Elder Cornish’s talk participates in the LDS turn toward grace that’s come in the wake of Stephen Robinson’s Believing Christ. So, I’m going to reflect briefly on how exactly he understands the theology of grace. He begins with what superficially seems like a classic Calvinist moment of redemption, where an external force lifts him from utter despair about the adequacy of his own capacity and efforts. He was a young medical intern, faced with a case of pediatric pneumonia he had no idea how to address, when a senior resident came along and believed in him even when he didn’t believe in himself. The manner of salvation isn’t quite Calvinist, though: instead of affirming the election of an omnipotent God, the resident affirmed Cornish’s own capacities.
The talk continues in this kind of Arminian vein, as suggested by his quoting President Hinckley: “Brothers and sisters, all the Lord expects of us is to try, but you have to really try!” Cornish interprets Hinckley in a way that balances this emphasis on effort with the effects of grace:
“Really trying” means doing the best we can, recognizing where we need to improve, and then trying again. By repeatedly doing this, we come closer and closer to the Lord; we feel his spirit more and more; and we receive more of his grace or help.
It’s not that trying actually saves us so much as that it brings us closer to Jesus, who saves us. Cornish’s gloss of “grace” as “help” could be read in an Arminian sense as the magnification of some action on our part prior to the intervention of grace, but it could also be read in a Calvinist manner as God working in us to make our actions actually good.
A similar bifurcation occurs when Cornish quotes Elder Bednar: “Most of us clearly understand that the Atonement is for sinners. I am not so sure, however, that we know and understand that the Atonement is also for saints.” Put another way, the Atonement’s reach extends both to those in the church who self-identify as sinners—who feel that their actions alone could never save them—and to those “saints” who (perhaps a little smugly) feel fairly confident in their capacity to do good.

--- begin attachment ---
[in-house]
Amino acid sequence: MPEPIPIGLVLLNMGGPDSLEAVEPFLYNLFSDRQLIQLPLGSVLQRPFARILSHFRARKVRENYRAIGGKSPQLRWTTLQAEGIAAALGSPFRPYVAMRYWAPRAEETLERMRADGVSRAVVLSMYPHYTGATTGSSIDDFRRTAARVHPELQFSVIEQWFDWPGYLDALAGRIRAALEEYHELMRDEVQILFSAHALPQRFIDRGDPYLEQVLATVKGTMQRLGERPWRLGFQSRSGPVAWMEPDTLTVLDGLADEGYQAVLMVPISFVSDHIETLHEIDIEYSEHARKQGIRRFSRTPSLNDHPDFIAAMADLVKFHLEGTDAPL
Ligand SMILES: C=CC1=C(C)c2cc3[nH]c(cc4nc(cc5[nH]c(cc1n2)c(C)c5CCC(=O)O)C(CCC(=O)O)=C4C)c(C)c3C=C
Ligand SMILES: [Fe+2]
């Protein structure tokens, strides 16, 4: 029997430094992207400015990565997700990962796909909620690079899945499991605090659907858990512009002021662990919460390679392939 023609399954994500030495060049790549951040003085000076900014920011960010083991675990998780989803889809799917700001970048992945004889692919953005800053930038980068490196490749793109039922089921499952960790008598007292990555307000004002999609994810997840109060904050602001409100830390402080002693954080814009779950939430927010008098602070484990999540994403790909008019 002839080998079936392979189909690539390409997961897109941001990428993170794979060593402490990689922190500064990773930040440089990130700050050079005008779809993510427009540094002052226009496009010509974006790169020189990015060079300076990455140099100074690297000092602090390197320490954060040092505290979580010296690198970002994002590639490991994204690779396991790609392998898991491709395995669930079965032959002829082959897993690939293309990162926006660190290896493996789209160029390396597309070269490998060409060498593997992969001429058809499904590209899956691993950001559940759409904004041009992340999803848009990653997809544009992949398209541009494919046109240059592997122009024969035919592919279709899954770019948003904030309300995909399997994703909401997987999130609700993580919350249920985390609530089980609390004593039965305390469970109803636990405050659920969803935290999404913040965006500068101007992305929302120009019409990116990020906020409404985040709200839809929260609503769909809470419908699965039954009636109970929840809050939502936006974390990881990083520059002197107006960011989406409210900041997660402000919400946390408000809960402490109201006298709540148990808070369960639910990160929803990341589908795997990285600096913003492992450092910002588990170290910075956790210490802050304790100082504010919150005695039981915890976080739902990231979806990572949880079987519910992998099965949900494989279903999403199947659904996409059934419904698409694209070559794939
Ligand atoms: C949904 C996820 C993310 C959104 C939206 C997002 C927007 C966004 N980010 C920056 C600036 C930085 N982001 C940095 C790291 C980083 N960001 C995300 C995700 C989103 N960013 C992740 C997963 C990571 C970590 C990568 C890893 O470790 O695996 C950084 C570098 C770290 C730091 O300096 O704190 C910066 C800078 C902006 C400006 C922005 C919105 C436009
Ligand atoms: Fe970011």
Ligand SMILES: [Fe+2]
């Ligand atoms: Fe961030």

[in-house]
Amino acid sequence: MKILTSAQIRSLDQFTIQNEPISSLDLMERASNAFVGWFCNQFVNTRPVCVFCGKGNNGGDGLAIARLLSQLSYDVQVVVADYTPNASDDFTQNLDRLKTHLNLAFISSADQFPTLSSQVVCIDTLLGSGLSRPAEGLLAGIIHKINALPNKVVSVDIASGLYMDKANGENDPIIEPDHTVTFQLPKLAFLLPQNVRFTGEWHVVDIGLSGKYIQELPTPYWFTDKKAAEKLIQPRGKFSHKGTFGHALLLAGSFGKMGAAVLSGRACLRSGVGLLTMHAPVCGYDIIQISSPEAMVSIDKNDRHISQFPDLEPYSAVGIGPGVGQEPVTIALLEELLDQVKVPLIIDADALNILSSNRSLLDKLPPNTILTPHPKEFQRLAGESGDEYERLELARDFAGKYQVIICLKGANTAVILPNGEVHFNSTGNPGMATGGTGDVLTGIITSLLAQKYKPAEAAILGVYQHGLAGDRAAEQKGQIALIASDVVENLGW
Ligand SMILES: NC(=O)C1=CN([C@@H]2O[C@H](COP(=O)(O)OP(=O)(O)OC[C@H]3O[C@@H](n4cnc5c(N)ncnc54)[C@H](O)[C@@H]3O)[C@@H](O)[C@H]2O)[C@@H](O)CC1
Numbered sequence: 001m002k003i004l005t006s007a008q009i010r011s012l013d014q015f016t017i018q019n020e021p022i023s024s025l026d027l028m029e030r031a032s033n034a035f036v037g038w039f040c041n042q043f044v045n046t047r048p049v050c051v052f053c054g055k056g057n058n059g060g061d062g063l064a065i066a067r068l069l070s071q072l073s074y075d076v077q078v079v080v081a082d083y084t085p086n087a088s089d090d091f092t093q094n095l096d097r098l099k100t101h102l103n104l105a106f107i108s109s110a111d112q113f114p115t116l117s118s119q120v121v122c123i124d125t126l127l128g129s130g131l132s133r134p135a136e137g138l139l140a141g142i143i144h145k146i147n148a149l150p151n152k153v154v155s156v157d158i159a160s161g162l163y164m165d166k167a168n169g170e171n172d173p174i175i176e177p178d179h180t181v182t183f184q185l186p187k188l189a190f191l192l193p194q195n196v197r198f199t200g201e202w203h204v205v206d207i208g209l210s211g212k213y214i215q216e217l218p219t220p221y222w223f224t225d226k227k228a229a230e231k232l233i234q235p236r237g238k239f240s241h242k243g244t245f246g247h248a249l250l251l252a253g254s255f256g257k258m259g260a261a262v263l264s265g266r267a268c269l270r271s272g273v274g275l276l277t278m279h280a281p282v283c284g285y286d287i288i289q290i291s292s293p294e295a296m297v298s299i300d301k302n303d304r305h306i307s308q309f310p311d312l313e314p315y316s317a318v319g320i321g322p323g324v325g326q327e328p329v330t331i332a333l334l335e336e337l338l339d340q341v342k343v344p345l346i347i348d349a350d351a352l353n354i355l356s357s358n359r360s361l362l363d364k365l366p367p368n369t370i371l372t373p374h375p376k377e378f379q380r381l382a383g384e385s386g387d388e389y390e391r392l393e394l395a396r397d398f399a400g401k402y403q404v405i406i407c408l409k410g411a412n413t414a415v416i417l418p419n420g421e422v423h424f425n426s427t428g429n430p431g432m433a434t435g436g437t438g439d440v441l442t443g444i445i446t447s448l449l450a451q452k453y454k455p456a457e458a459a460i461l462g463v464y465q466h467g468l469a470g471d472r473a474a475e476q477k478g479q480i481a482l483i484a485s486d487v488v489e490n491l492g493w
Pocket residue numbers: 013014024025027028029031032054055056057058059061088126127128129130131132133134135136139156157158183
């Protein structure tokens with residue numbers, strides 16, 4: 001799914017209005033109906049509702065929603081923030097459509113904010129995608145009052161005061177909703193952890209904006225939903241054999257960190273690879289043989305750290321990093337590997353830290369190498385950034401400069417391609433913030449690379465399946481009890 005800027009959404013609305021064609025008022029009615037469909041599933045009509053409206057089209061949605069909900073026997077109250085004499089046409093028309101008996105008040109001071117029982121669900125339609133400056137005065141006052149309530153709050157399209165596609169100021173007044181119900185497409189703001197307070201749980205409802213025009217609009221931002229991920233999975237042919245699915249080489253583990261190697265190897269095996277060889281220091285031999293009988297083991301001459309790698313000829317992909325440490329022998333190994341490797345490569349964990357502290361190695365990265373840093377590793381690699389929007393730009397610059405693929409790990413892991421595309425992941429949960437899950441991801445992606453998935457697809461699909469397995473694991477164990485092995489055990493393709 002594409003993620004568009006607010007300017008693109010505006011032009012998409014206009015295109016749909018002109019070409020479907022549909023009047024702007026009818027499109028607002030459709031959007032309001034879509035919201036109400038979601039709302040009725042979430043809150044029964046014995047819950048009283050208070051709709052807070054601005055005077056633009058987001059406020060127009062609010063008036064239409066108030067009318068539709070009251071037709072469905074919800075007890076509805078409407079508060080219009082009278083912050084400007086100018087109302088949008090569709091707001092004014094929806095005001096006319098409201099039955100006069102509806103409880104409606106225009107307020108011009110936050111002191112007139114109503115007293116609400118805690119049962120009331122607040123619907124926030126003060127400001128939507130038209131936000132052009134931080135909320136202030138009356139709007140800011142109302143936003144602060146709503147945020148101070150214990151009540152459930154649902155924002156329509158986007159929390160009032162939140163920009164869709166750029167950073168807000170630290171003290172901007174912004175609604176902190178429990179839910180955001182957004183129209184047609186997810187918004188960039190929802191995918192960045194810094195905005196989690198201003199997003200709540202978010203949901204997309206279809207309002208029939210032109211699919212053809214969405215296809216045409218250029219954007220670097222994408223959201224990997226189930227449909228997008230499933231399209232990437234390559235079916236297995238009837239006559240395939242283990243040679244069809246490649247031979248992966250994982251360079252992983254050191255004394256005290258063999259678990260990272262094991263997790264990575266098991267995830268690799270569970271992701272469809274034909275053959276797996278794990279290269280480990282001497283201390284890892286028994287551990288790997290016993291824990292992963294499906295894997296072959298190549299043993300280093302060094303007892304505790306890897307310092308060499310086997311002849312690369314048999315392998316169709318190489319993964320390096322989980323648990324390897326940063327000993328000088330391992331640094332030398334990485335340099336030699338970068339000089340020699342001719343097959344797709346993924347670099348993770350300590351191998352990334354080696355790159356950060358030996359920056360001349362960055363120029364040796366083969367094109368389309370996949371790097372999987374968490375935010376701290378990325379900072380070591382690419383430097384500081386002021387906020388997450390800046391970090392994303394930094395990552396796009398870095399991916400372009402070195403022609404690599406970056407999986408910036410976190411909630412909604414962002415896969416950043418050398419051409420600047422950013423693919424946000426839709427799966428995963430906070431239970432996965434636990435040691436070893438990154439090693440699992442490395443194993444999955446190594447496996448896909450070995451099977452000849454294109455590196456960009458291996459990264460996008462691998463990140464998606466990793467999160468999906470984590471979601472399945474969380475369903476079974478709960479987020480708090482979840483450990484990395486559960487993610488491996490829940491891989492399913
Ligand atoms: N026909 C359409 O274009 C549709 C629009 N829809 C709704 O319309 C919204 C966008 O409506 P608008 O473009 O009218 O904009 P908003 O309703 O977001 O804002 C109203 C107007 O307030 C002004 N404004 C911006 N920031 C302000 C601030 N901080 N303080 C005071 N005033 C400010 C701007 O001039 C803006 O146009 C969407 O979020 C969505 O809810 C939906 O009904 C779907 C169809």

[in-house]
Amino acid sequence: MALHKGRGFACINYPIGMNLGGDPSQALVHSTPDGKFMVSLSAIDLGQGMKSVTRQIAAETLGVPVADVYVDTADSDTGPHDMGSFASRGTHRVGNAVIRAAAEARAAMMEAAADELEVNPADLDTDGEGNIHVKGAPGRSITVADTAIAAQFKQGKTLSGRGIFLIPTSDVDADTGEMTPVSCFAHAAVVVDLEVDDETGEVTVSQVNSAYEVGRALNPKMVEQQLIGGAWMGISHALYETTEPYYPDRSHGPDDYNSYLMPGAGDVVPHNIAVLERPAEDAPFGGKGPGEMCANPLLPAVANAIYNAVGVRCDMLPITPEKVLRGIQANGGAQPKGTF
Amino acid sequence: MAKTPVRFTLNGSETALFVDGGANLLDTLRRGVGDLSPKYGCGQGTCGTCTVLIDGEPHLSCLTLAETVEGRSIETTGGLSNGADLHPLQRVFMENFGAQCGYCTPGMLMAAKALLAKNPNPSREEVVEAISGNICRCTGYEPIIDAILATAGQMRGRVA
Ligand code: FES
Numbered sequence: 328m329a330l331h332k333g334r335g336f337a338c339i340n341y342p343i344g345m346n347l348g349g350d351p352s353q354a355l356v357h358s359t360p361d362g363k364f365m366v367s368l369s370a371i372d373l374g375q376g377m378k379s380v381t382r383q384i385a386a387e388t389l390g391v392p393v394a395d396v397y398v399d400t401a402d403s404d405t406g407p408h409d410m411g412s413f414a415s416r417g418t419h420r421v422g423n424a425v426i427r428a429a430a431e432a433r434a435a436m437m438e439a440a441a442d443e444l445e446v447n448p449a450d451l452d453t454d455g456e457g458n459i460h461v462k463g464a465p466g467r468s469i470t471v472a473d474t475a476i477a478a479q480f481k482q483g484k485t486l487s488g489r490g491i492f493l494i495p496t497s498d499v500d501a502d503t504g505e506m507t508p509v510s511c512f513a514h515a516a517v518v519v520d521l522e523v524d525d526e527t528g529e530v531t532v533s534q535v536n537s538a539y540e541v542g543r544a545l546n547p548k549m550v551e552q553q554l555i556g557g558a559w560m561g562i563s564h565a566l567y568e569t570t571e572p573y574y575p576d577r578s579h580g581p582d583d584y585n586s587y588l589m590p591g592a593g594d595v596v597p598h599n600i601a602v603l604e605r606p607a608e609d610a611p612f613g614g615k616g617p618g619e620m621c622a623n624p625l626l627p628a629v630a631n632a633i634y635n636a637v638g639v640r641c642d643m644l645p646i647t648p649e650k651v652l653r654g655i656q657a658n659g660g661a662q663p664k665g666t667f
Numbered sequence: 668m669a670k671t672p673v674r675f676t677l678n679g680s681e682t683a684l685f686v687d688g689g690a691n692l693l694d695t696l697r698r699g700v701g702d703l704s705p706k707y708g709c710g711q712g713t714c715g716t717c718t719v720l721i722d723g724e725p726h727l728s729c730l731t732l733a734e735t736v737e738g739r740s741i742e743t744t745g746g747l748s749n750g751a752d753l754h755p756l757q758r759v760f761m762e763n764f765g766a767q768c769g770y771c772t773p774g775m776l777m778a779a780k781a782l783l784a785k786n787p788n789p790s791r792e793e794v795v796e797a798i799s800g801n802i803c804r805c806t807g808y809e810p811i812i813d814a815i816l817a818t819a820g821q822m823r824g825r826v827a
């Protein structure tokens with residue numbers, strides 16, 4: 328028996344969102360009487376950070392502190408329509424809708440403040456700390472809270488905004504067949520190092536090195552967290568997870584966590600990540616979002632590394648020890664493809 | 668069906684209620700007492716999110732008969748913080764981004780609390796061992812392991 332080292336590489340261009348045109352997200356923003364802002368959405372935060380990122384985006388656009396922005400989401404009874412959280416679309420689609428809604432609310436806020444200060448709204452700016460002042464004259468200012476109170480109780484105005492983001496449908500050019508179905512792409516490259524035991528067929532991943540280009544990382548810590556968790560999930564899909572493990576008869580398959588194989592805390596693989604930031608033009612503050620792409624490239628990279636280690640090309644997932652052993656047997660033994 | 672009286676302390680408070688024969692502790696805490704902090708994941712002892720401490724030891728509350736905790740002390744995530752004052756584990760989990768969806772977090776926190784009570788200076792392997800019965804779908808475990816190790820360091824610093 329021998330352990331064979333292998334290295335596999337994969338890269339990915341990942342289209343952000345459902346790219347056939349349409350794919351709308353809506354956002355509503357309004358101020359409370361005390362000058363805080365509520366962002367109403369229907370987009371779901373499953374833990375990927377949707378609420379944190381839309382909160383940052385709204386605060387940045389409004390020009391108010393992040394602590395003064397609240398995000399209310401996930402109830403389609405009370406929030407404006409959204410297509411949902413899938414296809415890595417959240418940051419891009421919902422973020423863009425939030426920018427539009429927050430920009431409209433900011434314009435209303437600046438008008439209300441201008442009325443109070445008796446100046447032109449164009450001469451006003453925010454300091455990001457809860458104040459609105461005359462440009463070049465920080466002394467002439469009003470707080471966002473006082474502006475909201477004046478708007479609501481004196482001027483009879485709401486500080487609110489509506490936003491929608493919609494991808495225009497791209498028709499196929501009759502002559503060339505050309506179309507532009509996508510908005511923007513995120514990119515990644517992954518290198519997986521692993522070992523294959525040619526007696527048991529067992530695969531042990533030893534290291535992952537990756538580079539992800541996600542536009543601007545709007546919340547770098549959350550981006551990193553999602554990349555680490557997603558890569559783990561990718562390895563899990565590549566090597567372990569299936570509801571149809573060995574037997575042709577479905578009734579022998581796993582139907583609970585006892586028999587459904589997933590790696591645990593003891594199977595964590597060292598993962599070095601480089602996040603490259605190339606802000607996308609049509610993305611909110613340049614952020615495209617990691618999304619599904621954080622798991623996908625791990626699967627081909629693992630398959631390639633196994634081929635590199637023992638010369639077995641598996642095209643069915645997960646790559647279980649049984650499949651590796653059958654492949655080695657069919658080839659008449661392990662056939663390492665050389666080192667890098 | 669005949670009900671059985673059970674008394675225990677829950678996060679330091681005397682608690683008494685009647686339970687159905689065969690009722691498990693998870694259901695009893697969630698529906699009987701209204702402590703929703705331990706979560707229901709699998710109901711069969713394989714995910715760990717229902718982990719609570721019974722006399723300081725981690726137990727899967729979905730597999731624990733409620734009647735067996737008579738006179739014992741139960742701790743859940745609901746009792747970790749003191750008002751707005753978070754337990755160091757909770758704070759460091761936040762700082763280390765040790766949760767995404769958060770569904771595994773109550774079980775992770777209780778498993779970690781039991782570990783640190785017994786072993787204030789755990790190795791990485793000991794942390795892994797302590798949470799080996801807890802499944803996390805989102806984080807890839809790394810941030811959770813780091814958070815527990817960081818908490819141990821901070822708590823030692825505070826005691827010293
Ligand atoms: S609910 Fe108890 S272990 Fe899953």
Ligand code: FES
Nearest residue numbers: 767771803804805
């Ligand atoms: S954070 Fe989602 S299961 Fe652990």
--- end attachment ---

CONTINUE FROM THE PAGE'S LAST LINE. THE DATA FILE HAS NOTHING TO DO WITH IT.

I want to suggest that such theological ambiguity isn’t just sloppiness. The Calvinist and Arminian options I’ve gestured toward here hardly cover the range of possible approaches to the theology of grace, and people listening to Cornish’s talk could well have read it differently than either of the ways I’ve proposed here. We all need the Atonement, but we all differ in how exactly it becomes a reality in our lives, and we consequently understand its workings differently, even if we may use similar language in our public expressions.
In other words, a kind of grace appears in the potential for reading Elder Cornish’s words in different ways—a grace that allows us to sit in the same pew with people who think differently. Saints and sinners alike, we need more of that grace.